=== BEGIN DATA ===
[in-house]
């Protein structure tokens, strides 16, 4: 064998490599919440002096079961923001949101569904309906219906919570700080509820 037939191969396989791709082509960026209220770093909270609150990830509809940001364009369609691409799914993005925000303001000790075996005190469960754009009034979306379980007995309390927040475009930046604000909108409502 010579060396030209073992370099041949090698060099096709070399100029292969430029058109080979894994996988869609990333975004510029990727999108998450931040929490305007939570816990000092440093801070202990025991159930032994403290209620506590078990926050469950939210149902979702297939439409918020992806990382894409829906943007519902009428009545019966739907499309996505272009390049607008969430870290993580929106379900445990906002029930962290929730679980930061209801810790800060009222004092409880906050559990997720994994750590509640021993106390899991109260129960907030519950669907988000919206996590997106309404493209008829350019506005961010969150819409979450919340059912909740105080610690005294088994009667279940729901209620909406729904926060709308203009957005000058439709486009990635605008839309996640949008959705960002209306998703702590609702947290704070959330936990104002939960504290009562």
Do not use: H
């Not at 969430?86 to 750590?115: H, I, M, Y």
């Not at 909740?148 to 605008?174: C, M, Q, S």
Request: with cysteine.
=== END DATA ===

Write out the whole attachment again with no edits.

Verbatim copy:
[in-house]
């Protein structure tokens, strides 16, 4: 064998490599919440002096079961923001949101569904309906219906919570700080509820 037939191969396989791709082509960026209220770093909270609150990830509809940001364009369609691409799914993005925000303001000790075996005190469960754009009034979306379980007995309390927040475009930046604000909108409502 010579060396030209073992370099041949090698060099096709070399100029292969430029058109080979894994996988869609990333975004510029990727999108998450931040929490305007939570816990000092440093801070202990025991159930032994403290209620506590078990926050469950939210149902979702297939439409918020992806990382894409829906943007519902009428009545019966739907499309996505272009390049607008969430870290993580929106379900445990906002029930962290929730679980930061209801810790800060009222004092409880906050559990997720994994750590509640021993106390899991109260129960907030519950669907988000919206996590997106309404493209008829350019506005961010969150819409979450919340059912909740105080610690005294088994009667279940729901209620909406729904926060709308203009957005000058439709486009990635605008839309996640949008959705960002209306998703702590609702947290704070959330936990104002939960504290009562």
Do not use: H
């Not at 969430?86 to 750590?115: H, I, M, Y």
């Not at 909740?148 to 605008?174: C, M, Q, S």
Request: with cysteine.